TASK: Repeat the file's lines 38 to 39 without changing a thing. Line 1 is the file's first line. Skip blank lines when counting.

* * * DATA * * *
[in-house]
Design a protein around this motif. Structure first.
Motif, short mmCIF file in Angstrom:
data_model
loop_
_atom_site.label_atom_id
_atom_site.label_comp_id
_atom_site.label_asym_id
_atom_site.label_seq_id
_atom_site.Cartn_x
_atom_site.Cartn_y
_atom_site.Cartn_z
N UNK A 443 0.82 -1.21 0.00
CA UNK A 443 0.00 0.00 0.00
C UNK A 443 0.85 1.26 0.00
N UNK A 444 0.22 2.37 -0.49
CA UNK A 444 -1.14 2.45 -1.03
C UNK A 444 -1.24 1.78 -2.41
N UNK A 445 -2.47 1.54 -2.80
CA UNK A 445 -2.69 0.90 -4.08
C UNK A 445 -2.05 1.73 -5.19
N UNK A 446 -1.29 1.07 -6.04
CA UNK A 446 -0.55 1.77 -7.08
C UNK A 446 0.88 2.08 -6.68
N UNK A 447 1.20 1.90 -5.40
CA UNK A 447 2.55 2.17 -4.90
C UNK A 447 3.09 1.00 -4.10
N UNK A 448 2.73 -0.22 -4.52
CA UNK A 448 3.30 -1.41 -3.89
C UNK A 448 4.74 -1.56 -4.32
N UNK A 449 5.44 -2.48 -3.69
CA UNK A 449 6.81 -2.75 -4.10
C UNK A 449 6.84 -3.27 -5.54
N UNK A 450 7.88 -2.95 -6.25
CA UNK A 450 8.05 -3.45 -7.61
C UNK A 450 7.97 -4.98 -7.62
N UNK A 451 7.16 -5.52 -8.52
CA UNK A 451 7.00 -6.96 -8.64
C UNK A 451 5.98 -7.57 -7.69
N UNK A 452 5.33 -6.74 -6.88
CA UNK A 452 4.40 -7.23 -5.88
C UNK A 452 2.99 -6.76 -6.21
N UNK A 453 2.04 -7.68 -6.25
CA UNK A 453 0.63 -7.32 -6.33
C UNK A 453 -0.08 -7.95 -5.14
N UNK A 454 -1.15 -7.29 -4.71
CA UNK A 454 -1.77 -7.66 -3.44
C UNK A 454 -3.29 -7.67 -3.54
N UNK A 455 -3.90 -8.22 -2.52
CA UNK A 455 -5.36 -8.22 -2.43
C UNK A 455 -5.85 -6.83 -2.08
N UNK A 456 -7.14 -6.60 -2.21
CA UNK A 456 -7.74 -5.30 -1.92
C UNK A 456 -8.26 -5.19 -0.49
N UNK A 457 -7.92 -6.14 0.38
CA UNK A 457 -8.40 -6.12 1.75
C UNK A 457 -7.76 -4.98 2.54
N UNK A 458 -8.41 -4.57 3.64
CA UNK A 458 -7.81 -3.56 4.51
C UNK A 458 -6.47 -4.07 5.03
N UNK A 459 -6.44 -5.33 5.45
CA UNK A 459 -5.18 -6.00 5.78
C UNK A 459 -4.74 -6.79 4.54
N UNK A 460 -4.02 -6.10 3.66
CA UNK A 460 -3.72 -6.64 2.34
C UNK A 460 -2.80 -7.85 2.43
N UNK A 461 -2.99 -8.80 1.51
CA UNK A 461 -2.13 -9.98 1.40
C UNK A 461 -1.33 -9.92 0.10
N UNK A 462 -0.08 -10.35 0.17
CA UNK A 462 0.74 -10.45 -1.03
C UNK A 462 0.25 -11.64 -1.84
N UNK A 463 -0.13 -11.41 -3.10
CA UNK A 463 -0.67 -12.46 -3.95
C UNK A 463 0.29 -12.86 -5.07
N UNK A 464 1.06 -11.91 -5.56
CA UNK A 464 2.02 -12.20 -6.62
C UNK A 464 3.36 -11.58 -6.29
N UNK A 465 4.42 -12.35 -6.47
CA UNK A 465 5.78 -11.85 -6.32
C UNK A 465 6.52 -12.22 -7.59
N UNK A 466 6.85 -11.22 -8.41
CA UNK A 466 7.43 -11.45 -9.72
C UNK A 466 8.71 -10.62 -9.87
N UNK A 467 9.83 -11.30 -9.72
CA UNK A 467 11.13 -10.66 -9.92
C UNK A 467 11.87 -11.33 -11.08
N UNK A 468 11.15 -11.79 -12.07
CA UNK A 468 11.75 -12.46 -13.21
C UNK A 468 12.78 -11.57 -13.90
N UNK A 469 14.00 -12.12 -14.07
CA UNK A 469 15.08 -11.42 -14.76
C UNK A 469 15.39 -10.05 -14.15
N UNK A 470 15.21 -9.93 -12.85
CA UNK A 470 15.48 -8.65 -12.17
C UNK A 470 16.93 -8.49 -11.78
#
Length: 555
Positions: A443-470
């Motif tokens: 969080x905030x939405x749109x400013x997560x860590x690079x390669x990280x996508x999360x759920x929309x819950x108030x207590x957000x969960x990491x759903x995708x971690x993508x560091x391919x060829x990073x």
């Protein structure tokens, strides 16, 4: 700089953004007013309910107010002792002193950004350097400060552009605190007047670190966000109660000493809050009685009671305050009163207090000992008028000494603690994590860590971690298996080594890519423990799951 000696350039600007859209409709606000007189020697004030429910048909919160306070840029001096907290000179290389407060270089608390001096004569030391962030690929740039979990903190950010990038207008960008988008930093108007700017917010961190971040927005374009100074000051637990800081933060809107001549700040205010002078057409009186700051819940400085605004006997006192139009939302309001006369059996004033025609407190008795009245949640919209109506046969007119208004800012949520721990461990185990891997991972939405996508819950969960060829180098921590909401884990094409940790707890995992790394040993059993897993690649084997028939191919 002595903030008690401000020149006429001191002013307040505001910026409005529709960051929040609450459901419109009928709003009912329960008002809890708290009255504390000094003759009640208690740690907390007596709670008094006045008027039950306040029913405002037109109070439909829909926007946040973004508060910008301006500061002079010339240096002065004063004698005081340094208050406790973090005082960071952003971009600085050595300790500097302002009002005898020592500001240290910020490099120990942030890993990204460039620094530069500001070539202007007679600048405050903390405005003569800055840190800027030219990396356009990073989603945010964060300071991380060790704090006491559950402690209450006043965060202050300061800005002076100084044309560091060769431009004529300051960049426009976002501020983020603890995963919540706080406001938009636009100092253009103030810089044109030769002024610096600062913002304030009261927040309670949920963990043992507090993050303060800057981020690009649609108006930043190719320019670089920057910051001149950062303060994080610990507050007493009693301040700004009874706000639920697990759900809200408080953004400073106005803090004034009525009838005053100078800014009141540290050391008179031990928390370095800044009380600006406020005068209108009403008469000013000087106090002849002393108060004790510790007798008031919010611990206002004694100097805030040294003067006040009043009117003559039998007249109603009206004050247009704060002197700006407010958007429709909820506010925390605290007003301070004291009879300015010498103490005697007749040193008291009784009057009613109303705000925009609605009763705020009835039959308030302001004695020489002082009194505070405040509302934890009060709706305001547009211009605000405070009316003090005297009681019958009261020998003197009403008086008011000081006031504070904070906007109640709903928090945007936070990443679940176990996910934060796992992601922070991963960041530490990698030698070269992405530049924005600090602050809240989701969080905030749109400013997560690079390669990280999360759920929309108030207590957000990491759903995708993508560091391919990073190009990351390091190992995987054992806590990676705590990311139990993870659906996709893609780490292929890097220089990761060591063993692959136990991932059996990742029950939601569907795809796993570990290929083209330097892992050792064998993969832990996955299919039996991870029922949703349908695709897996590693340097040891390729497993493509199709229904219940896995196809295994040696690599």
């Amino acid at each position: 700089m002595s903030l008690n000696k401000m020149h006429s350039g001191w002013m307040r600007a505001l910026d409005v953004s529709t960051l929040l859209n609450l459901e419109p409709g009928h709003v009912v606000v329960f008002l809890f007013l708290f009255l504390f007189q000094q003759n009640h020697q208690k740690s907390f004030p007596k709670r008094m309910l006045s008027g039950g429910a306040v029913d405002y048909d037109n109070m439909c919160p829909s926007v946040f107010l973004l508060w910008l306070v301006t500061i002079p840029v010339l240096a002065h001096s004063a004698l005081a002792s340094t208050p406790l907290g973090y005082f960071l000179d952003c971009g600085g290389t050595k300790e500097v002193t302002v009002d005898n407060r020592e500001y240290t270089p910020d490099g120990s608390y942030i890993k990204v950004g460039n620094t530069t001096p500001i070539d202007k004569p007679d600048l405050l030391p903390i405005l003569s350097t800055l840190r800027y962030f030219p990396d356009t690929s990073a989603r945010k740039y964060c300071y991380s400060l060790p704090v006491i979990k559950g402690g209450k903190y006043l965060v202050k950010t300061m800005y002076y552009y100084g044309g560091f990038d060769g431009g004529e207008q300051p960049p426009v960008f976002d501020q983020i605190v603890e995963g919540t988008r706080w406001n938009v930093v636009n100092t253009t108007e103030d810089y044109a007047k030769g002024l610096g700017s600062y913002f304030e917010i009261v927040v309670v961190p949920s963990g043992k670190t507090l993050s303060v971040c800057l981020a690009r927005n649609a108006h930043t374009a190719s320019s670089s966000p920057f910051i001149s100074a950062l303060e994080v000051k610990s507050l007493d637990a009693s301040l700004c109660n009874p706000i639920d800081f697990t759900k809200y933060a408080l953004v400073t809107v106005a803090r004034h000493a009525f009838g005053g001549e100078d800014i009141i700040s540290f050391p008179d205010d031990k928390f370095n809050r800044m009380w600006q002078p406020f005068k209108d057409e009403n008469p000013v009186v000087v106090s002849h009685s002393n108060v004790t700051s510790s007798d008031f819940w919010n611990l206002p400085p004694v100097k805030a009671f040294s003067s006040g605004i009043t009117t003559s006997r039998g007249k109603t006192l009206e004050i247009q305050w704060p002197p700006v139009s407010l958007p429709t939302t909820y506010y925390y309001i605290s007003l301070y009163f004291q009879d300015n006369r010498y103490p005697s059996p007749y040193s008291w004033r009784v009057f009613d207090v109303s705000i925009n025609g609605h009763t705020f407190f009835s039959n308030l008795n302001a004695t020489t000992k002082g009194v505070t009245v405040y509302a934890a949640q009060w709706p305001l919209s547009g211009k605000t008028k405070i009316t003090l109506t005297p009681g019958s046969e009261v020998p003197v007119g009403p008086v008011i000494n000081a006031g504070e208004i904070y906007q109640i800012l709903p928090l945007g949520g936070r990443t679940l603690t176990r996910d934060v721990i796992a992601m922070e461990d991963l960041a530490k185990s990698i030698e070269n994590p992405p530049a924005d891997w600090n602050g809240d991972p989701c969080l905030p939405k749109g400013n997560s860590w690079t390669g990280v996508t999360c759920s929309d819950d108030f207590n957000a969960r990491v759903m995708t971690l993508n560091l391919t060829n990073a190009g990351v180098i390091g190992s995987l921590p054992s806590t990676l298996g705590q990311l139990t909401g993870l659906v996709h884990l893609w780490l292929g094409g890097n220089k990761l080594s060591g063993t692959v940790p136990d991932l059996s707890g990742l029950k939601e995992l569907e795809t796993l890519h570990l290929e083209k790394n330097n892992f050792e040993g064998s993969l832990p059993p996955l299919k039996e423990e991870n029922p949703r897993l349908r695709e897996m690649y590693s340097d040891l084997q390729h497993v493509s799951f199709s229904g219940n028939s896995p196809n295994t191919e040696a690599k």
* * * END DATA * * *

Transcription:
CA UNK A 451 7.00 -6.96 -8.64
C UNK A 451 5.98 -7.57 -7.69